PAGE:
DRAFT Interim Names Council recommendations on ICANN Evolution May 2002 v9

Discussion items


This document contains interim recommendations from the Names Council on issues of high-level principle as a contribution to the 2002 discussions on ICANN evolution. The Names Council will continue to add recommendations as the debate continues and will also add detail (especially on policy development and board composition) to some of its earlier recommendations as time allows. The recommendations are shared by all NC constituencies unless where indicated in the annotated footnotes.


These recommendations evolved during a series of telephone conferences and exchanges of e-mail beginning March 2002 and going forward. These conferences were held jointly with the chair and alternate chair of the General Assembly and included sessions with ICANN CEO, staff and advisors and the chairman of the ICANN evolution committee.


Scope and mission of ICANN

In broad terms the Names Council (NC) agreed with the factual description of ICANN's functions listed in "What ICANN Does" at: http://www.icann.org/general/toward-mission-statement-07mar02.htm which (in summary) cover:

1. General operational functions (such as IP address allocation, maintaining the DNS root zone file).
2. gTLD administrative functions (such as registrar accreditation, supervising the Uniform Dispute Resolution Policy, determining the process for new gTLDs).
3. ccTLD administrative functions (such as updating the IANA database entries concerning ccTLD Managers, or requests for delegation and re-delegation).
4. Policy coordination for infrastructure security.
5. Policy-related functions including:
  5.1. IP address and AS number allocation,

  5.2  ccTLD global policy coordination,

  5.3. Protocol numbering via the IANA registries,

  5.4 gTLD registry-level policies.

Recommendation 1 - mission. The Names Council proposes the following re-statement of ICANN's mission:

"ICANN's mission is to coordinate technical and policy functions of the domain name system in order to promote a stable, secure and commercially viable domain name system, promote competition in key aspects of the DNS, and achieve broad representation of global Internet communities, all for the benefit of the users of the global Internet[1]."

The Names Council specified the following existing functions of ICANN where the NC notes that improvements and enhancements in delivery of services or improvements in relationships are needed:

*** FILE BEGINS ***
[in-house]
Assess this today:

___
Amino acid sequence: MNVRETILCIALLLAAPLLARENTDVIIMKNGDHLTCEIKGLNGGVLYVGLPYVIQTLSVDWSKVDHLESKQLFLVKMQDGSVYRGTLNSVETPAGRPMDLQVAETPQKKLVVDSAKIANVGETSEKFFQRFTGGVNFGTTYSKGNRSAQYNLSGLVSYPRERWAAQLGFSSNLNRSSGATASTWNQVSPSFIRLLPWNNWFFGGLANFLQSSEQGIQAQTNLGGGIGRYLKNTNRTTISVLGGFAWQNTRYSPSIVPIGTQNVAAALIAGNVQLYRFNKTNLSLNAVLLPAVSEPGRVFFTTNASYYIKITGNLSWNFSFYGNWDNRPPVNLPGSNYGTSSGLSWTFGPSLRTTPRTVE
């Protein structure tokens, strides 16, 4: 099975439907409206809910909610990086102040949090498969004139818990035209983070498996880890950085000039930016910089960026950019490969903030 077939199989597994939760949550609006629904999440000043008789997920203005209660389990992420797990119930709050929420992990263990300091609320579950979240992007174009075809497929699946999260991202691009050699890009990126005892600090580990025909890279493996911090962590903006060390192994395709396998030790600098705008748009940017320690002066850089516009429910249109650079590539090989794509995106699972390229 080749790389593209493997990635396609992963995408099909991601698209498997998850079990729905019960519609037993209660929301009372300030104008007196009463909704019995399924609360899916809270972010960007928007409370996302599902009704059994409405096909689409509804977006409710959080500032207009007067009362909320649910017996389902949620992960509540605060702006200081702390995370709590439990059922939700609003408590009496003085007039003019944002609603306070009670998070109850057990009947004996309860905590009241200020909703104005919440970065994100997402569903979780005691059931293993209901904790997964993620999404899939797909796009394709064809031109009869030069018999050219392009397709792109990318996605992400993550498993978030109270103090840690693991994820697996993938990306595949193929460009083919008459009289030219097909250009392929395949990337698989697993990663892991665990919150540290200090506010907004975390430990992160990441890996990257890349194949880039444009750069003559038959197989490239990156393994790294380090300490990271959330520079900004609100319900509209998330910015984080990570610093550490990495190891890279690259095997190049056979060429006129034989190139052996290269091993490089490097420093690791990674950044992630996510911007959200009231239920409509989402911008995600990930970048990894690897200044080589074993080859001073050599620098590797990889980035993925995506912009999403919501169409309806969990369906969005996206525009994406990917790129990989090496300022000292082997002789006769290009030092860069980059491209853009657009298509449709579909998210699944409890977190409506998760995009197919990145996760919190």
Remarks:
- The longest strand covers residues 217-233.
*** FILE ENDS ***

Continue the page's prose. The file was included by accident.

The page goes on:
- IANA administrative function for ccTLDs

- root server administration

- gTLD Registry and Registrar contract enforcement e.g. escrow,  the UDRP and WhoIs.


Recommendation 2 - structure. Create clearly delineated divisions within and under ICANN responsible for the administration of  operational and policy functions. This would establish separate staff functions for policy and  operational functions but maintain a clear authority within ICANN management for all such functions.



Some of the Names Council  noted that the greatest potential for mission creep lay in the areas of additional security and additional consumer protection. The Names Council recognised that the functions expected of ICANN as viewed today may, be different in a changed world of tomorrow. That future world may dictate that ICANN's functions are more, or are fewer, than those today. Focus of the core functions of the moment will be a key to success.

Recommendation 3 - functions.  ICANN's functions should not be extended at this time beyond what is outlined in the note "What ICANN Does" .


Funding ICANN


The NC believes that the debate over the longer term funding of ICANN should not be distracted by any short term funding problem.

Recommendation 4 - short-term funding.  The NC urges the existing funders to reach at least interim agreements quickly to avoid any short fall in ICANN's existing budget.


Longer term

Recommendation 5 - core funding. Funding could potentially come from more than one source but the bulk of funds should ultimately derive from the revenues of gTLD Registrants' fees and be administered via Registrars and/or Registries.


Recommendation 6 - secondary sources.  Secondary sources should include the ccTLDs and RIRs,  but should not include governments. 

(Consideration should be given to the relevance of ccTLDs which are marketed in non-geographic ways to recommendations 5 and 6).


Recommendation 7 - supplementary sources. Supplementary sources could be found from sources such as secretariat service fees to the GAC.